Study links high lipid levels in early pregnancy with congenital heart disease in children
In a study in Acta Obstetricia et Gynecologica Scandinavica, pregnant women with elevated blood levels of certain lipids—in particular, triglyceride, Apolipoprotein-A1, and Apolipoprotein-B levels—during the first trimester were more than twice as likely to deliver children with congenital heart disease.
The study included 230 women of mothers who had children with congenital heart disease and 381 who had children without heart disease.
The authors noted that their findings re-iterate the importance of maintaining good health during pregnancy. "Also, investigating the link between maternal lipid profile with congenital heart disease risk may aid in developing intervention strategies," said senior author Yong-Hao Gui, MD, MSc, of Children's Hospital of Fudan University, in China.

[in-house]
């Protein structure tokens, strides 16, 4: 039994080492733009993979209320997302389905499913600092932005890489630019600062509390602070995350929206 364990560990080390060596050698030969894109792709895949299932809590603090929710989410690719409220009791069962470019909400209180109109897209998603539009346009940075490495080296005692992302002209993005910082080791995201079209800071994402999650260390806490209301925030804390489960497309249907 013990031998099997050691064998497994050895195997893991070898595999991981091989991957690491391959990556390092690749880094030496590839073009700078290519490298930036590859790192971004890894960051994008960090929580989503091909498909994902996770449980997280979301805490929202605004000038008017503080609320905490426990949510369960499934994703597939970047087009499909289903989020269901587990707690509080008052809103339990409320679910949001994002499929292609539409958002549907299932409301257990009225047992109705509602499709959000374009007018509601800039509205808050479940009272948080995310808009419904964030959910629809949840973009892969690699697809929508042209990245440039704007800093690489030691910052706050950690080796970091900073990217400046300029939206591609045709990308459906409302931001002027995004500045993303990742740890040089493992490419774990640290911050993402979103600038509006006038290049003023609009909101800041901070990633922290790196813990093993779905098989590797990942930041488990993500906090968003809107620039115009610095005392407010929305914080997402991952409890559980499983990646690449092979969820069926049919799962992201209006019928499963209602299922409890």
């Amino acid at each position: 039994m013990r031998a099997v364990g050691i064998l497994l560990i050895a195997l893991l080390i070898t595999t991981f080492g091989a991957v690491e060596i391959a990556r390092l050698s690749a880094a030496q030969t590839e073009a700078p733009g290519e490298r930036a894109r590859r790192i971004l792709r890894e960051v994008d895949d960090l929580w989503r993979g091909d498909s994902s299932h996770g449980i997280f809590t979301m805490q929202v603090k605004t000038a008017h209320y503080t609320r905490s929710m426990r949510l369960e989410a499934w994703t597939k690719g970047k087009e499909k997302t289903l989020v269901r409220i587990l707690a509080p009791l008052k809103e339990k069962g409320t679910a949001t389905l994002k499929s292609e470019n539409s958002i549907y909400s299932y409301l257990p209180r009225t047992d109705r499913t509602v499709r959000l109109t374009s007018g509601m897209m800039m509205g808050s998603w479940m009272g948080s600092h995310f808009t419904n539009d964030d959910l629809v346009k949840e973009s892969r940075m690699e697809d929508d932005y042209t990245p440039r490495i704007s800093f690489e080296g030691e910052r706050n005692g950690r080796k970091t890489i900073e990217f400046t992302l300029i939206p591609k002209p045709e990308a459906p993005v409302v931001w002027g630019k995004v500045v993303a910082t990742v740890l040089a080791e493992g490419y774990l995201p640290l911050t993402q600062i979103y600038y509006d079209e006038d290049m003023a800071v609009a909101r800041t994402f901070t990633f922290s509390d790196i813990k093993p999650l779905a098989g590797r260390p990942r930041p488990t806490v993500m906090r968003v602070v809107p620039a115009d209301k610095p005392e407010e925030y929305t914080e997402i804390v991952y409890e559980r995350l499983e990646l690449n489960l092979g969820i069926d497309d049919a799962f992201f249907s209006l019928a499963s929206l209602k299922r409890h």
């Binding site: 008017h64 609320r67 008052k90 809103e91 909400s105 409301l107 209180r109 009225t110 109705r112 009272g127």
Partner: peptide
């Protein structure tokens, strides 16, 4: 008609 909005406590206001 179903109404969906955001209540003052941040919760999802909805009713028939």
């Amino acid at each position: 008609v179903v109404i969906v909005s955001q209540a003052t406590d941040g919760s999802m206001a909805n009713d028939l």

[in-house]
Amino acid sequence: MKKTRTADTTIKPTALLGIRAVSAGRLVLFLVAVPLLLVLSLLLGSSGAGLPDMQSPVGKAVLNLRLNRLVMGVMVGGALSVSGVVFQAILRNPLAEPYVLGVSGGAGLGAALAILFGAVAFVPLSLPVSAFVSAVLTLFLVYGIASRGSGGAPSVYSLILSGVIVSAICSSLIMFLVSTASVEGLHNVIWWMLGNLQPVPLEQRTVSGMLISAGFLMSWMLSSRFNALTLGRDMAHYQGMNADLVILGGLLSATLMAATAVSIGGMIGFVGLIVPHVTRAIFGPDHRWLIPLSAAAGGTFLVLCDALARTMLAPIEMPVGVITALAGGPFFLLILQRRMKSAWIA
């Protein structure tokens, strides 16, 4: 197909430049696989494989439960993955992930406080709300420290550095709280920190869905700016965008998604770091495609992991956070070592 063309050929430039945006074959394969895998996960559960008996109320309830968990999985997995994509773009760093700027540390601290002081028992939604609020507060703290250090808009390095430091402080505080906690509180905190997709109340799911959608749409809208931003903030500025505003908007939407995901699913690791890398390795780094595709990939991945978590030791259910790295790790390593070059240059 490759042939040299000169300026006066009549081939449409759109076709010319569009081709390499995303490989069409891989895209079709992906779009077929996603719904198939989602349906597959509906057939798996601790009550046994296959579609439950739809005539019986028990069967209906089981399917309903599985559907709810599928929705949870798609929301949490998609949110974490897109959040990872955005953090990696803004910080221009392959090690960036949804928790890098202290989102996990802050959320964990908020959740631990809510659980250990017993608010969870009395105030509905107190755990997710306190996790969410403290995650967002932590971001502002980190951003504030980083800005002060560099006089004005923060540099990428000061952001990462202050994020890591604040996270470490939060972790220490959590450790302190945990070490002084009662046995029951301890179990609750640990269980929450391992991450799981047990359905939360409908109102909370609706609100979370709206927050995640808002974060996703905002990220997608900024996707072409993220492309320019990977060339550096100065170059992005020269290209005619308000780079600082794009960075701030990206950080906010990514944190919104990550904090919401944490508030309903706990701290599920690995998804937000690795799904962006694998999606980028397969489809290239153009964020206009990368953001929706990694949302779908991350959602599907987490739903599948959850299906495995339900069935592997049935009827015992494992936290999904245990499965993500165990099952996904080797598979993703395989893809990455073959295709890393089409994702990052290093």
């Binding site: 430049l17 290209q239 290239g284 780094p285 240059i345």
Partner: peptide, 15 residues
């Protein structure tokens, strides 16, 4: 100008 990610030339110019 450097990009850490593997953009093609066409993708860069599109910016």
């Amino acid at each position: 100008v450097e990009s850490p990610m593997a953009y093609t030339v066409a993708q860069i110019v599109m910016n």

More information: Li Cao et al, High maternal blood lipid levels during early pregnancy are associated with increased risk of congenital heart disease in offspring, Acta Obstetricia et Gynecologica Scandinavica (2021). DOI: 10.1111/aogs.14225